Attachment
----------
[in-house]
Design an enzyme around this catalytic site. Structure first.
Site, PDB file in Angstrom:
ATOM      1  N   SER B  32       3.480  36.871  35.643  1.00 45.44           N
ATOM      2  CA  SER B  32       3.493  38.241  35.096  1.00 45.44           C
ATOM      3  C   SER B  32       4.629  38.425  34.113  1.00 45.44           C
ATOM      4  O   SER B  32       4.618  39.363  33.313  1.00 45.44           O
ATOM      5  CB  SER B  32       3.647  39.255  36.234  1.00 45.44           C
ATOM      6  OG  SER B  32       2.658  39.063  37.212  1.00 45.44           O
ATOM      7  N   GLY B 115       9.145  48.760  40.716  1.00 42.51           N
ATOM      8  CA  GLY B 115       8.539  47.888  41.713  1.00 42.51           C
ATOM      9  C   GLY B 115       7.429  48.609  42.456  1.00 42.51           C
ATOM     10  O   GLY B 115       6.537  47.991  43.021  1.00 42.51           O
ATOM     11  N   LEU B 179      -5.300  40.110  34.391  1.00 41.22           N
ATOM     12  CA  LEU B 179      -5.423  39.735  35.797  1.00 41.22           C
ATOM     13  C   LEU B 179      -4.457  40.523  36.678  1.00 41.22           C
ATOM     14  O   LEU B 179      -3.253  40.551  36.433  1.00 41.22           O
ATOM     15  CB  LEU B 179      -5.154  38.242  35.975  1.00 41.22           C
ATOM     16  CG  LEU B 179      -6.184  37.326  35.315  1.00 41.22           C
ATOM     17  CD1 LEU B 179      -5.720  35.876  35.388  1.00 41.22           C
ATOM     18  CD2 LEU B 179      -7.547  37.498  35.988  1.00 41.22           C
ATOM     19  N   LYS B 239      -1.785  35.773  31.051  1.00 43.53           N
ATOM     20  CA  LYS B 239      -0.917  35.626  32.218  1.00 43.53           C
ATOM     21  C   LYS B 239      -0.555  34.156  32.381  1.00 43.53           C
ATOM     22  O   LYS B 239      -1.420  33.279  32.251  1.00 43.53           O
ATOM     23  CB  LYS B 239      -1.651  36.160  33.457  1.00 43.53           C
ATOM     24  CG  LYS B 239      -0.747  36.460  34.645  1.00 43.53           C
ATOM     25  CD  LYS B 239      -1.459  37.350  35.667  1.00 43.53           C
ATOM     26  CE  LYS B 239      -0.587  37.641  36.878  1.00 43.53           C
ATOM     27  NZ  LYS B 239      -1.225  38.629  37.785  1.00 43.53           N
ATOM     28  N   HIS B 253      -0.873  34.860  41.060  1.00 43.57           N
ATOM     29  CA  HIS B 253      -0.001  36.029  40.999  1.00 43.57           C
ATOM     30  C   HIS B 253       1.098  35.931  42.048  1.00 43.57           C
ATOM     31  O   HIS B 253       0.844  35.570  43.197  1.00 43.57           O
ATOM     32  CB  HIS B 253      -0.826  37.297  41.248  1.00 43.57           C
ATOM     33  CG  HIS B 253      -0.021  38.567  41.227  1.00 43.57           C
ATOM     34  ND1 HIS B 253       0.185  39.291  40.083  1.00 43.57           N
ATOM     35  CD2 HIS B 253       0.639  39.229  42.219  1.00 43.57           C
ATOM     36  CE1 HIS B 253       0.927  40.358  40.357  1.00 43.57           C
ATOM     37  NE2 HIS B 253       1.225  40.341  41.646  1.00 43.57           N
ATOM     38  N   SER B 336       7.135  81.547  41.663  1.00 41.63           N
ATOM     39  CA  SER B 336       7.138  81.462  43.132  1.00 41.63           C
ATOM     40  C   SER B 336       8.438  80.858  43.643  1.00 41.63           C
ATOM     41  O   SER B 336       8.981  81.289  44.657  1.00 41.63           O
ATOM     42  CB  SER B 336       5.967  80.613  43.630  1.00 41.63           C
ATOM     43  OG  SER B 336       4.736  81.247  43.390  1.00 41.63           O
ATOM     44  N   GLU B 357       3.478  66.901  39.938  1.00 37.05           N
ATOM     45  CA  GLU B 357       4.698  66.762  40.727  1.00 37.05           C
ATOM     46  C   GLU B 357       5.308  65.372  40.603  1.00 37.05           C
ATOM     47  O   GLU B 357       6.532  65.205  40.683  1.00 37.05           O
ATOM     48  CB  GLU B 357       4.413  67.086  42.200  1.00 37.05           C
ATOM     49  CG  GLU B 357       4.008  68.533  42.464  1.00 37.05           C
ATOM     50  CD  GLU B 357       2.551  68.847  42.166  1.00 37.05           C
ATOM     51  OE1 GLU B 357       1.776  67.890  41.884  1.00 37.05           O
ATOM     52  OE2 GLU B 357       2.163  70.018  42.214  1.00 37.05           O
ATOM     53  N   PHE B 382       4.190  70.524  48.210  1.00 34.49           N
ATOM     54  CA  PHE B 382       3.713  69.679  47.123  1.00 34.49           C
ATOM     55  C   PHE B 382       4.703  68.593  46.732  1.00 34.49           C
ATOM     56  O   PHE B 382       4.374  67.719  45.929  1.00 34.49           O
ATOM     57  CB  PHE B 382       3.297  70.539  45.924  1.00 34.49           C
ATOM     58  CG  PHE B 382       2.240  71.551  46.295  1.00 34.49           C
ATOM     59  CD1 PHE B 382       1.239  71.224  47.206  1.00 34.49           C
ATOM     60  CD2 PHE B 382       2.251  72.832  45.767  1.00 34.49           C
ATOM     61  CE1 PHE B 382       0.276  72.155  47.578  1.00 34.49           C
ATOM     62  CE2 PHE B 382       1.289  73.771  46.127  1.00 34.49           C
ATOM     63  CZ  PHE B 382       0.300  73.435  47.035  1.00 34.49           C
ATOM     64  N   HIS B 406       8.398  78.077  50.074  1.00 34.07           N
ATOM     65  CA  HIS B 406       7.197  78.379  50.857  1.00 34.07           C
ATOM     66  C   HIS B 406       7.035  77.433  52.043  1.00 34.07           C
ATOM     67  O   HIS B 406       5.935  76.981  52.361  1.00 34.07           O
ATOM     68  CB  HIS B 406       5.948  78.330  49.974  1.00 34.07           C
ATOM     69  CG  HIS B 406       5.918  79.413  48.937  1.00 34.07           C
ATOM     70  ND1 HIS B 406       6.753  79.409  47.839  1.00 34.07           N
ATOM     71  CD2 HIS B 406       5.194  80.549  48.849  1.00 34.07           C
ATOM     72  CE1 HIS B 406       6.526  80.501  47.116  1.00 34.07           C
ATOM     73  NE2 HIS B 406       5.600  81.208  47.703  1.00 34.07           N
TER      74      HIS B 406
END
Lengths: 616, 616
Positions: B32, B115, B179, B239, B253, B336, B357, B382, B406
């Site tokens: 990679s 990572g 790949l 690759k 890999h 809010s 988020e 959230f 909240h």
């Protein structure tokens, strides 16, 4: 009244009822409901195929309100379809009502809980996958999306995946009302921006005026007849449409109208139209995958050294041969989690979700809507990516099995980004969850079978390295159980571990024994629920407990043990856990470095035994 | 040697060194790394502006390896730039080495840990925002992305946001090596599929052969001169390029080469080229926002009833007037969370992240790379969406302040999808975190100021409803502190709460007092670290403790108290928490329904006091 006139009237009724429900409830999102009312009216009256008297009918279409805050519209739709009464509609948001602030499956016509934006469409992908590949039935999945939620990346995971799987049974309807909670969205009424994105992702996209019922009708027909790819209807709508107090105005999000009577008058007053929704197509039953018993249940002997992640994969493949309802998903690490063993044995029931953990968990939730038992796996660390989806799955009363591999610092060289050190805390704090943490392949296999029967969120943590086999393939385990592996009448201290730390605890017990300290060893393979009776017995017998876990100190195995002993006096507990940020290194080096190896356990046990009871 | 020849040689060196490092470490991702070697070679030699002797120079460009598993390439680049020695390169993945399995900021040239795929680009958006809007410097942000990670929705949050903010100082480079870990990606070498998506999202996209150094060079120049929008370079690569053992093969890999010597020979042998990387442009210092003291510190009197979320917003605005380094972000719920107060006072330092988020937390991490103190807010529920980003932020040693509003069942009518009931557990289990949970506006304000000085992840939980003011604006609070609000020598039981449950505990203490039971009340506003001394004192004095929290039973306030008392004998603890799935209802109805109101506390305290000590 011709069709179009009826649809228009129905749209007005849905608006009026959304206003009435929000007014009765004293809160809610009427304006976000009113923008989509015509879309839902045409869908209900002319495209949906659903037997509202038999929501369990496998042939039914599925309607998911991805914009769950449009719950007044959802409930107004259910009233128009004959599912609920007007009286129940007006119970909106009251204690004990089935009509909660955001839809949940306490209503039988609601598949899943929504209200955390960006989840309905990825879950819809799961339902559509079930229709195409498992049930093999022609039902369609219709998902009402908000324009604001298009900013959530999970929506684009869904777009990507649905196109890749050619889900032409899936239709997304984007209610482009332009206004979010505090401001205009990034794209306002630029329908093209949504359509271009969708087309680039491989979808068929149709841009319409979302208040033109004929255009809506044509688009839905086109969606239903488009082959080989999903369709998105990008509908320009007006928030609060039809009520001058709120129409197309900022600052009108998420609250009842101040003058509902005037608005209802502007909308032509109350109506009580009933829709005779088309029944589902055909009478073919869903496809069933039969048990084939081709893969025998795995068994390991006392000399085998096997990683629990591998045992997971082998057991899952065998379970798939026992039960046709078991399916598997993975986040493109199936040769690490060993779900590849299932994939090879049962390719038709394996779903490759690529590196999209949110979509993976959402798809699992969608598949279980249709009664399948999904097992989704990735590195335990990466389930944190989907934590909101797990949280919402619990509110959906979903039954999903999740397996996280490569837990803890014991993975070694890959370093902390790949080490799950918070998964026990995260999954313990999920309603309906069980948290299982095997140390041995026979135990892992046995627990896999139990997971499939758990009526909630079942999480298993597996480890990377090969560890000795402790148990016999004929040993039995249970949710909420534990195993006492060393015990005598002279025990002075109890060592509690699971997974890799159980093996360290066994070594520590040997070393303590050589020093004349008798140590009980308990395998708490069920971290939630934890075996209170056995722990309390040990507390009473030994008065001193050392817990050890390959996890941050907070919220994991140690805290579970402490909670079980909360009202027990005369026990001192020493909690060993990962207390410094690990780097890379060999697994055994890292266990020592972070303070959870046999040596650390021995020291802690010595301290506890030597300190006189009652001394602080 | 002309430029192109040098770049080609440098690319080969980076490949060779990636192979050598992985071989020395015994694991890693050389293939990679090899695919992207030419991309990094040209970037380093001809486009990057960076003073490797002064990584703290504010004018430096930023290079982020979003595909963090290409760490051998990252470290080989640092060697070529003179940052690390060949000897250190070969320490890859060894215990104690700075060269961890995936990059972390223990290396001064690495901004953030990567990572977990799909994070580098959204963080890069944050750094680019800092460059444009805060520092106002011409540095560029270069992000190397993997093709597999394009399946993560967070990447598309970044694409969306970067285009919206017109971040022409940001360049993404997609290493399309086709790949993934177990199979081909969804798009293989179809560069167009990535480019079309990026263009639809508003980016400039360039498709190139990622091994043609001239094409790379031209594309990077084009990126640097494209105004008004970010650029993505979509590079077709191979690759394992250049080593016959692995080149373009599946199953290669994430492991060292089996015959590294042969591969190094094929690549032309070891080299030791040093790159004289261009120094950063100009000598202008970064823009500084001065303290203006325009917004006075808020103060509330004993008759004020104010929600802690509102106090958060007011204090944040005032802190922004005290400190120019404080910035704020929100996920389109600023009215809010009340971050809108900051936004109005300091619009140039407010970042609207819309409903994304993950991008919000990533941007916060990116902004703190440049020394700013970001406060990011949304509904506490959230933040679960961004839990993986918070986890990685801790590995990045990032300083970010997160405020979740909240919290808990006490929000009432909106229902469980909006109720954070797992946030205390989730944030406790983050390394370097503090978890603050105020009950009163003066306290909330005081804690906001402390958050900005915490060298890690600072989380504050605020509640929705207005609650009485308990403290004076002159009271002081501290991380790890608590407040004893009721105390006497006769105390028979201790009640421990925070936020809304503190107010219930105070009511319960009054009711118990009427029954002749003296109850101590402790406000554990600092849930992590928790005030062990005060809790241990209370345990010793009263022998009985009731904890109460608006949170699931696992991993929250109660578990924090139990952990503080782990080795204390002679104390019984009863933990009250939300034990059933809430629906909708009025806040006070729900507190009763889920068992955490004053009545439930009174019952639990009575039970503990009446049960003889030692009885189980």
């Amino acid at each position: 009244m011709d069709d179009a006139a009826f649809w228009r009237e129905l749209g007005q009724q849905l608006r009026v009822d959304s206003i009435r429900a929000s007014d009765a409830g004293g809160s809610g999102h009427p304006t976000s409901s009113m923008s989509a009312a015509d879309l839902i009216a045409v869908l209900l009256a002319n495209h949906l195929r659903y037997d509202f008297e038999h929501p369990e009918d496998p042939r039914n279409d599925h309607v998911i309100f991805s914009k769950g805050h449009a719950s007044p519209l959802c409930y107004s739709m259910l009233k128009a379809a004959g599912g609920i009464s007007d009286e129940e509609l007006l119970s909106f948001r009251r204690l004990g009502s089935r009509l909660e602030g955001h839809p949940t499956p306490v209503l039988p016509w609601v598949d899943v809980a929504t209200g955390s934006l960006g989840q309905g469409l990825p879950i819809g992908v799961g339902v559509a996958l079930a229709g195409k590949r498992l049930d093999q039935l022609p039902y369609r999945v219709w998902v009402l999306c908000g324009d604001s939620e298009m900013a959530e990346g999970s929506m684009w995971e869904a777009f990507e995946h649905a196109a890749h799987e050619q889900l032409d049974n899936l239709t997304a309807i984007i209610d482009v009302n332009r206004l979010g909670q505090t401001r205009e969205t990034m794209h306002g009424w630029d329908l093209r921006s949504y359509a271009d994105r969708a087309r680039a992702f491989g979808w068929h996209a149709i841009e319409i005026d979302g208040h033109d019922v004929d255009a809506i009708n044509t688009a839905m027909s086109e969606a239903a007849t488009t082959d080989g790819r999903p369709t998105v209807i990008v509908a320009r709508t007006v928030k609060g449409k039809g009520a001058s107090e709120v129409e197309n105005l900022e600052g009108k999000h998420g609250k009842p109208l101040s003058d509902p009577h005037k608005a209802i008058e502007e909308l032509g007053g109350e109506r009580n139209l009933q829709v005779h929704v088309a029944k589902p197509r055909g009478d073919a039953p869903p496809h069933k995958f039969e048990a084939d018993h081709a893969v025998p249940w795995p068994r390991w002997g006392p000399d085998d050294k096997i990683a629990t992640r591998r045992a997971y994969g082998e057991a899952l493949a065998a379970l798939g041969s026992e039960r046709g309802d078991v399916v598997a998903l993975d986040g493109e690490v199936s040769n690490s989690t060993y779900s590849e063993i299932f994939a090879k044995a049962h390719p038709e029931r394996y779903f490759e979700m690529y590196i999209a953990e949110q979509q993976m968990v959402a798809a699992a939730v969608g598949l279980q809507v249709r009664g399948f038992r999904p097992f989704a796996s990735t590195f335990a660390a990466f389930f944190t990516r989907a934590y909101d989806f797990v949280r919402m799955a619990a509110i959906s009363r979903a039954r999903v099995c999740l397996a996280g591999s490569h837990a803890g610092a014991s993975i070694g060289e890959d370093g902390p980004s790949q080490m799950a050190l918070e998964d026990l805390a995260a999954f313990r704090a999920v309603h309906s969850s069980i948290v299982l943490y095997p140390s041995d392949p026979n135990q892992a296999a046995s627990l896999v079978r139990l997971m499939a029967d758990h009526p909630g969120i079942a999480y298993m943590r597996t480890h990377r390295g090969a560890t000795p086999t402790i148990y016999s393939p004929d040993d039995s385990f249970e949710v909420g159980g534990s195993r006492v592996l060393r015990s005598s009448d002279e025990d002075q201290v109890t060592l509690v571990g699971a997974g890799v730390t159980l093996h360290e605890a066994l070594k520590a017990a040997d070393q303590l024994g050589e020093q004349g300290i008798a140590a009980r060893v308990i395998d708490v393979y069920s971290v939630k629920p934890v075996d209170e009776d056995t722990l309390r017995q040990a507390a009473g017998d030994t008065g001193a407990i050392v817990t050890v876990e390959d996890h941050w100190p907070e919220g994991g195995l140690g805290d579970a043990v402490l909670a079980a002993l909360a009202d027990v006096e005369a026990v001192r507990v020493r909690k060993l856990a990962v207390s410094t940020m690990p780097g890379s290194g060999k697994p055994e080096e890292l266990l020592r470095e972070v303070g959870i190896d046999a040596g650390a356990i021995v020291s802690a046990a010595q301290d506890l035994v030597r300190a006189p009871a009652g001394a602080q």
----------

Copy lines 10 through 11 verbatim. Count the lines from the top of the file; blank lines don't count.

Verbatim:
ATOM      7  N   GLY B 115       9.145  48.760  40.716  1.00 42.51           N
ATOM      8  CA  GLY B 115       8.539  47.888  41.713  1.00 42.51           C